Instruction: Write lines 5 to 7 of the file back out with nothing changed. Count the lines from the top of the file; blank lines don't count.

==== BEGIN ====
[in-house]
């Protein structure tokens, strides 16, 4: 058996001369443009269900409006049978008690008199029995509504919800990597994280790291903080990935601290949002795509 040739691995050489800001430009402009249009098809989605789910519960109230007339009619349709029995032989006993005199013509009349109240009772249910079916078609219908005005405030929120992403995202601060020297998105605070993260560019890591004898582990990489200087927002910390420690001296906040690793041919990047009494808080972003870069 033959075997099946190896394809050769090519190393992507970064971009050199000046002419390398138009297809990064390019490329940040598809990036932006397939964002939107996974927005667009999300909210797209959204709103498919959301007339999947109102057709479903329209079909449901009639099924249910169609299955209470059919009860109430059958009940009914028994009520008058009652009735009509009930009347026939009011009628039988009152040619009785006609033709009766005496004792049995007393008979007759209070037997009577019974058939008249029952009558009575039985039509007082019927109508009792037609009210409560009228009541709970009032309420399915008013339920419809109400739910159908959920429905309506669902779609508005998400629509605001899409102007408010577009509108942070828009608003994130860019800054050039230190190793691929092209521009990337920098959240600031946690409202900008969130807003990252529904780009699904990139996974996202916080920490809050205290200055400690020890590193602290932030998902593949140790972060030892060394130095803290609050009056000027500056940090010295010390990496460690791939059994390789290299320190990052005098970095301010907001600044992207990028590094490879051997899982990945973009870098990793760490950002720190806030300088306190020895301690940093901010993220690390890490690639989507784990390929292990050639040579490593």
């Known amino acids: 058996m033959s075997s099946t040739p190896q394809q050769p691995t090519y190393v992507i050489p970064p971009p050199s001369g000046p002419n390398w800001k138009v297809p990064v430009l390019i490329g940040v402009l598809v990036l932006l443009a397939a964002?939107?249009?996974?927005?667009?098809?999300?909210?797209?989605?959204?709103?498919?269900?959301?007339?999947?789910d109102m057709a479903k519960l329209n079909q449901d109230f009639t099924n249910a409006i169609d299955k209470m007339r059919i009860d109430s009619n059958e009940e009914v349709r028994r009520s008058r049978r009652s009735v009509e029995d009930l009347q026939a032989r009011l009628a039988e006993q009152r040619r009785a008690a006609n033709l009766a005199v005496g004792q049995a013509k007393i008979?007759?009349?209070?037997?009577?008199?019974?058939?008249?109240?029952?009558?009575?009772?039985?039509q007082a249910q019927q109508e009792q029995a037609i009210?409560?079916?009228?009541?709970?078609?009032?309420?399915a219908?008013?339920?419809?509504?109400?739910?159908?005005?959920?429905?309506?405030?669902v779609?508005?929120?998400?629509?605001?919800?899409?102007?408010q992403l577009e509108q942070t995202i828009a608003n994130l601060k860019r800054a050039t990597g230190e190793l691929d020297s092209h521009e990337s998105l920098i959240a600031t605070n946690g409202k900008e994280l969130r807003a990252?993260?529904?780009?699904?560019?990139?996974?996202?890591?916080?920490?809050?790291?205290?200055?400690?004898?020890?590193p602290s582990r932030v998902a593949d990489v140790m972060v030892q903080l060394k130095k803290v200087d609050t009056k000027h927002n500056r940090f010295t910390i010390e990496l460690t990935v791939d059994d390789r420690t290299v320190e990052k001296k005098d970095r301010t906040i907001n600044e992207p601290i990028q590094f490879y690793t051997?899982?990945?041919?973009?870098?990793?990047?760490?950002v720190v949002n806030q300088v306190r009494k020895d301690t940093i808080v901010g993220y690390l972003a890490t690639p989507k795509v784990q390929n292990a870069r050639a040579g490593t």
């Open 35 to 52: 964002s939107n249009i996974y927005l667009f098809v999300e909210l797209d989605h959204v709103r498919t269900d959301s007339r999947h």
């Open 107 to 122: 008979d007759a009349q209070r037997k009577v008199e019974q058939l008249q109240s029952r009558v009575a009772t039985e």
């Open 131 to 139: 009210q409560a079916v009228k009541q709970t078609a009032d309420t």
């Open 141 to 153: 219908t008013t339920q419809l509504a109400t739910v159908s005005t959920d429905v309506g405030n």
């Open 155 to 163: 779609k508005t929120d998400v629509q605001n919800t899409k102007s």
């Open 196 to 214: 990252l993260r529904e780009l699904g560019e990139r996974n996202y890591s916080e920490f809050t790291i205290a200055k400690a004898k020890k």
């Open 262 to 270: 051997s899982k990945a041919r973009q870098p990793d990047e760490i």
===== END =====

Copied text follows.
């Open 107 to 122: 008979d007759a009349q209070r037997k009577v008199e019974q058939l008249q109240s029952r009558v009575a009772t039985e």
């Open 131 to 139: 009210q409560a079916v009228k009541q709970t078609a009032d309420t």
């Open 141 to 153: 219908t008013t339920q419809l509504a109400t739910v159908s005005t959920d429905v309506g405030n």